Bioethicalprincipals

Thetwo bioethical principals relating to this ethical dilemma includeNonmaleficence and beneficence. In accordance to the Nonmaleficenceprincipal, health care workers should not develop harm to thepatient. Whether it is by omission or commission of an act. Somepeople may deem it as negligence, carelessness or unreasonable risks.The principal generally calls for competence in the health carefacilities curbing mistakes. It articulates a core commitment ofhealth care workers to protect or rather prevent their patients frombeing harmed. With regard to this ethical dilemma, the principletends to insinuate that health care workers have the obligation ofpreventing patients from harm. In that respect, immunization isregarded the best ethical procedure since it prevents health workersfrom causing harm to their patients. When a worker undertakesimmunization, he/she prevents certain infectious diseases fromspreading to other persons through them. A health worker providessafety or rather ensures protection of patients from harm, whenhe/she partakes immunization. If an infectious disease spreads to awider group through health workers, it can be considered asnegligence. The health workers in that case are liable for anydamages emanating from the activity [ CITATION Tho13 l 1033 ].

Theprinciple of beneficence suggests that health care practitioners havean obligation to be beneficial to patients. They also are obliged totake necessary steps so as to avoid harm on the patient. Theobligations are seen to be quite rational as well as self-evident andare broadly acceptable as logical aims of medicine. For instance,appropriate health of certain patients is the aim of medicine.Prevention of diseases by employing research and administration ofvaccines portrays the appropriate goal of health care facilities. Inrelation to the ethical dilemma in discussion, the beneficenceprincipal encourages health care workers to take the necessarypositive steps to avoid causing harm on patients. The scope is notonly limited to patients only, instead, it also encompasses healthyindividuals. Health workers are obliged to prevent infectiousdiseases from spreading to other persons through immunization. Forexample, whenever an infectious disease arise, like H1N1, it is vitalfor health workers to take vaccinations since they come into contactwith various kinds of people. In the process they may acquire thedisease unknowingly and spread it to many other people includingfamily members. This may be regarded as negligence in accordance tothis principle. However, if the health workers takes thevaccinations, they may end preventing the disease from spreading to awider scope. Though the principle does not mandate health workers toundertake immunization, it highly encourages the same [ CITATION Lau14 l 1033 ].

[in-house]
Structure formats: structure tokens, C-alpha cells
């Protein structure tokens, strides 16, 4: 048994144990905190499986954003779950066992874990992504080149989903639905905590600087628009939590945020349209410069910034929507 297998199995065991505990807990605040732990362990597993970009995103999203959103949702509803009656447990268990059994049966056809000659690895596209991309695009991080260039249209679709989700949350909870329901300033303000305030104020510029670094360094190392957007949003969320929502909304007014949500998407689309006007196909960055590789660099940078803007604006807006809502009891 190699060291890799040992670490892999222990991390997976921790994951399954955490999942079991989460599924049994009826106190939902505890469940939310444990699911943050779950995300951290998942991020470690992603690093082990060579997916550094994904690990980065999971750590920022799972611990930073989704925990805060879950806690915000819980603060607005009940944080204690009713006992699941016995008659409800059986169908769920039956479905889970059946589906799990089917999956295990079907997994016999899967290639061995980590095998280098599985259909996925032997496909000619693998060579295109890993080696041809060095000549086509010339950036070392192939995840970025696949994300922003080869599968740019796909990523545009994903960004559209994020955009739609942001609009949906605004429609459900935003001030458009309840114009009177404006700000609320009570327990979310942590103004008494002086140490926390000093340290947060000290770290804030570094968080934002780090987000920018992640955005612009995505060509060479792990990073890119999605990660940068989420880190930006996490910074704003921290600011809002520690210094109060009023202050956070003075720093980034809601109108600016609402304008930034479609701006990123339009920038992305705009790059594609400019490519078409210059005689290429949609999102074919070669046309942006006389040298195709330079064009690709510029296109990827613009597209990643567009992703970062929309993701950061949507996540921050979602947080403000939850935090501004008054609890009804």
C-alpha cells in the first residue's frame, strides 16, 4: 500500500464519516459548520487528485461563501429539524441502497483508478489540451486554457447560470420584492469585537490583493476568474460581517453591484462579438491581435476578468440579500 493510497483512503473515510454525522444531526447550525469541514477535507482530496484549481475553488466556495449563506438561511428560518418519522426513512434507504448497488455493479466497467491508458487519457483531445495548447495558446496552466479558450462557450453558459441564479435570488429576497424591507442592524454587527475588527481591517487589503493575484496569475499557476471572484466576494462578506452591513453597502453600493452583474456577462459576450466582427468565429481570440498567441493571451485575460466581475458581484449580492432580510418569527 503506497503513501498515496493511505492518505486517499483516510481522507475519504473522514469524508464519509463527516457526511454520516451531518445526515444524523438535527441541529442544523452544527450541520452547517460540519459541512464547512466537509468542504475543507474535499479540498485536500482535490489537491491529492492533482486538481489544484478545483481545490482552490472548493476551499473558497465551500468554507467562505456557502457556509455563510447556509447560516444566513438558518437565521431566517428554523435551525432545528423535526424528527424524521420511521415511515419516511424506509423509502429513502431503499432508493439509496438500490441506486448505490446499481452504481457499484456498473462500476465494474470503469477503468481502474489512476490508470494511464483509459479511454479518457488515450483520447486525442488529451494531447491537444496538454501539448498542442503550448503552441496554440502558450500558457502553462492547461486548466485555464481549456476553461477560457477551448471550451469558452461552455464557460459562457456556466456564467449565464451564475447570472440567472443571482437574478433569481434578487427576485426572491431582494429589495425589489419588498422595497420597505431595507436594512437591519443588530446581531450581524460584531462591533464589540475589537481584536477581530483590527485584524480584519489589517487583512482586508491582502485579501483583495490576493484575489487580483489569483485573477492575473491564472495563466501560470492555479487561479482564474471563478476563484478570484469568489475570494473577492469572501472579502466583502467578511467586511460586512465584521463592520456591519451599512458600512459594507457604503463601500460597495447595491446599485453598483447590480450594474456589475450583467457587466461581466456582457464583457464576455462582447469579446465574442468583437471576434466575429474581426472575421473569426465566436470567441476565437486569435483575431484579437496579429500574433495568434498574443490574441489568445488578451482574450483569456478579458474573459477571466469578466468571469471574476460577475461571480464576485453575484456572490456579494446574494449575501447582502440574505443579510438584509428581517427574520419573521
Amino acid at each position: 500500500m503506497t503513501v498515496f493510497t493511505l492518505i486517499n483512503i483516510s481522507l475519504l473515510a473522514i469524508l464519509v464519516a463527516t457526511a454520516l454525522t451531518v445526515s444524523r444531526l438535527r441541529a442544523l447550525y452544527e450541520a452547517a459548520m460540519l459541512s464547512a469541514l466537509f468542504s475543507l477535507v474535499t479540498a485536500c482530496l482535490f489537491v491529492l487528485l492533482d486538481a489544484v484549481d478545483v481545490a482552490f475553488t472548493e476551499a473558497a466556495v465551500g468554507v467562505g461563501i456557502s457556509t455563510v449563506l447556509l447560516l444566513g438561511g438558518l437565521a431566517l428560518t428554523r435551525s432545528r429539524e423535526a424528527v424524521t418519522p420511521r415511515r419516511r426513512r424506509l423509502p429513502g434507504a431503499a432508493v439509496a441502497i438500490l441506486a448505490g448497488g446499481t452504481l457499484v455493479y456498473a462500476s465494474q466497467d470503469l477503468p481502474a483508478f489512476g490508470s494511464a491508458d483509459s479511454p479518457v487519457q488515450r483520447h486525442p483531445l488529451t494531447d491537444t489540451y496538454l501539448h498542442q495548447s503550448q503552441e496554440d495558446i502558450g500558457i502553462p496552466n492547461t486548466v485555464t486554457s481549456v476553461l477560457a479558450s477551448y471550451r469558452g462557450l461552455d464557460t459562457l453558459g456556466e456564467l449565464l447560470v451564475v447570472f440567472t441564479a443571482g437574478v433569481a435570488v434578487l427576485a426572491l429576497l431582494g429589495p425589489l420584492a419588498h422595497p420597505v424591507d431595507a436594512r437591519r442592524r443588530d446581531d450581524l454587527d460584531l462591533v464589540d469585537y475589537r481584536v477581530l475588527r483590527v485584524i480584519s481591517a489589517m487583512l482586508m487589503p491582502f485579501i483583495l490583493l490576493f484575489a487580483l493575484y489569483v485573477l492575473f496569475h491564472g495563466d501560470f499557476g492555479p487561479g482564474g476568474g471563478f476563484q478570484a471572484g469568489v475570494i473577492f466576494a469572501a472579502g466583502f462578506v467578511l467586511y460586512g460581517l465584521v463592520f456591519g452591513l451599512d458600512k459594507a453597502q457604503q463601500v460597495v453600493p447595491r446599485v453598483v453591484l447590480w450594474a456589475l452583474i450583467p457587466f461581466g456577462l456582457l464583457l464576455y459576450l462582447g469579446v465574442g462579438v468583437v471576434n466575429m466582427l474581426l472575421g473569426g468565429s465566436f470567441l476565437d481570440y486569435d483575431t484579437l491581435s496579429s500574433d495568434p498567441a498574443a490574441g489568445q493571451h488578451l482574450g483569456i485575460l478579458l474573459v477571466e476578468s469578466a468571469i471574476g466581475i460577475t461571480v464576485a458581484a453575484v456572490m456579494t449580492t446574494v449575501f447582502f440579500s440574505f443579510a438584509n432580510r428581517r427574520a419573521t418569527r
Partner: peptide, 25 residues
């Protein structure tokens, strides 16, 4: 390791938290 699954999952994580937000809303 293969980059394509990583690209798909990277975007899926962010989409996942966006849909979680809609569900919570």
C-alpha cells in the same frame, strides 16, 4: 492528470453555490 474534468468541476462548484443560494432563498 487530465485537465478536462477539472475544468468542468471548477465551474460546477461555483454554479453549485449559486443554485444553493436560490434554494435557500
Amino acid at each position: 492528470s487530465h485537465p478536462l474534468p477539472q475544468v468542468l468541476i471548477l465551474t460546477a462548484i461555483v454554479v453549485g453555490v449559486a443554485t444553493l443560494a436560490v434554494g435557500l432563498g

Thetwo principles tend to correlate in encouraging health workers toundertake immunization. As portrayed by the principles, it is theduty of health care workers to protect patients from harm or eveninjury. This could be done by accepting immunization. It should notbe forcefully instilled within the health workers, but voluntarilyundertaken.

Personalmorality

Ethicsor morality can be generally described as concepts that define rightor wrong. I consider it morally right to observe respect within thesociety. Respect broadly involves preventing harm and injury onothers. It is quite unethical to cause harm within the society in anyway. A good example entails spreading of infectious diseases or evencausing injuries through fighting. Disrespect portrays unethicalbehaviors since it can lead to broader aspects of harm. If forexample, people do not respect one another within the society,societal harms could arise such as wars that can lead to injury oreven deaths.

Inrelation to the current society of residence, this values are highlyadhered to. People have seen the sense to obtain immunization as ameans of protecting themselves and the entire society as well. It isconsidered respect when an individual undertakes certain measure soas to protect other people from harm. Respect is considered core toachieving harmony within the society. As the ethical dilemma posedabove suggests, sometimes attaining appropriate ethical standardstend to be quite intricate owing to the aspects involved. Itsometimes requires one to relinquish some of his/her rights for thebetter good.

Conclusion

Mandatoryimmunization of health workers is one intricate activity. The viewson the acts tend to vary substantially with opponents viewing it asdetrimental to the human rights. In other words, compulsoryvaccinations of health workers are against personal rights wherebyone is entitled to make personal decisions concerning own health.Health workers should not be forced into taking vaccination if theyare not willing to undertake them. However, proponents argue thathealth workers serve many people and are exposed to greater risks. Inthat case, whenever an infectious disease spreads, health workersrisk boosting the spreading. It is therefore, important to takevaccinations so as to prevent the spreading. Voluntary vaccinationsdo not seem to yield much hence the adoption of mandatory mechanisms.As the principles of nonmaleficence and beneficence suggest, healthworkers are obliged to take steps that prevent patients from harm.Though they do not enforce the acts, it is considered morallyappropriate to take steps that ensure patient safety. In this case,immunization of health workers can be considered vital. It should bethe aim of health workers to protect their patients. It should not beforcefully instilled in them, instead should be natural.